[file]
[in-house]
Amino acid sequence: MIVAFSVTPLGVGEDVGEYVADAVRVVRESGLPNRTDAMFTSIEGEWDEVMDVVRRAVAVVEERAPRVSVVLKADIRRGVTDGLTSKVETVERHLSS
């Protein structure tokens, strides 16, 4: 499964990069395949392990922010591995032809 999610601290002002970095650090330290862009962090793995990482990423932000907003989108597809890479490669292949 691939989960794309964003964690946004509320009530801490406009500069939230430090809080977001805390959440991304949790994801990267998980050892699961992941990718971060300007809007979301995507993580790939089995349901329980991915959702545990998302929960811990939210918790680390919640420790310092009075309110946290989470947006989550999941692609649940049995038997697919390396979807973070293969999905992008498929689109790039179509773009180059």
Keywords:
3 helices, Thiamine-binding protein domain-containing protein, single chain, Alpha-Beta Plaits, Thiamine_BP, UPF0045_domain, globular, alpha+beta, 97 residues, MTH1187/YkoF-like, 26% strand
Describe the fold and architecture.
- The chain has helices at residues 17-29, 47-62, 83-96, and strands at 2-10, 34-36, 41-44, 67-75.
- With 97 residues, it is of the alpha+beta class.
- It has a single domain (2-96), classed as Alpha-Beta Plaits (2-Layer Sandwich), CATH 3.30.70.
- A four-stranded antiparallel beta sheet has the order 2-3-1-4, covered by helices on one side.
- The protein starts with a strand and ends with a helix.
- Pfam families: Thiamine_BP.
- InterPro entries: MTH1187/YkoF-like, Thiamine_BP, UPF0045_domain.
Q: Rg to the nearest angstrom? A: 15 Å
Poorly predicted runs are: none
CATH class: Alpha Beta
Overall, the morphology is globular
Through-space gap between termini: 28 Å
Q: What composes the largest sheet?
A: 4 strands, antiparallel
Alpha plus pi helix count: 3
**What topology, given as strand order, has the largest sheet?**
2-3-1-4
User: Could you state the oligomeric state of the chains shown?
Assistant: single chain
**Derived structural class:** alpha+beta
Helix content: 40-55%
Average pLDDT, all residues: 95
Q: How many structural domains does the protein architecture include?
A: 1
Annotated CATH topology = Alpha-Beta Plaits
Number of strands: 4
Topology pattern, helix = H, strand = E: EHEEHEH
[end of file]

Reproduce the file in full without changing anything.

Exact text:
[in-house]
Amino acid sequence: MIVAFSVTPLGVGEDVGEYVADAVRVVRESGLPNRTDAMFTSIEGEWDEVMDVVRRAVAVVEERAPRVSVVLKADIRRGVTDGLTSKVETVERHLSS
């Protein structure tokens, strides 16, 4: 499964990069395949392990922010591995032809 999610601290002002970095650090330290862009962090793995990482990423932000907003989108597809890479490669292949 691939989960794309964003964690946004509320009530801490406009500069939230430090809080977001805390959440991304949790994801990267998980050892699961992941990718971060300007809007979301995507993580790939089995349901329980991915959702545990998302929960811990939210918790680390919640420790310092009075309110946290989470947006989550999941692609649940049995038997697919390396979807973070293969999905992008498929689109790039179509773009180059």
Keywords:
3 helices, Thiamine-binding protein domain-containing protein, single chain, Alpha-Beta Plaits, Thiamine_BP, UPF0045_domain, globular, alpha+beta, 97 residues, MTH1187/YkoF-like, 26% strand
Describe the fold and architecture.
- The chain has helices at residues 17-29, 47-62, 83-96, and strands at 2-10, 34-36, 41-44, 67-75.
- With 97 residues, it is of the alpha+beta class.
- It has a single domain (2-96), classed as Alpha-Beta Plaits (2-Layer Sandwich), CATH 3.30.70.
- A four-stranded antiparallel beta sheet has the order 2-3-1-4, covered by helices on one side.
- The protein starts with a strand and ends with a helix.
- Pfam families: Thiamine_BP.
- InterPro entries: MTH1187/YkoF-like, Thiamine_BP, UPF0045_domain.
Q: Rg to the nearest angstrom? A: 15 Å
Poorly predicted runs are: none
CATH class: Alpha Beta
Overall, the morphology is globular
Through-space gap between termini: 28 Å
Q: What composes the largest sheet?
A: 4 strands, antiparallel
Alpha plus pi helix count: 3
**What topology, given as strand order, has the largest sheet?**
2-3-1-4
User: Could you state the oligomeric state of the chains shown?
Assistant: single chain
**Derived structural class:** alpha+beta
Helix content: 40-55%
Average pLDDT, all residues: 95
Q: How many structural domains does the protein architecture include?
A: 1
Annotated CATH topology = Alpha-Beta Plaits
Number of strands: 4
Topology pattern, helix = H, strand = E: EHEEHEH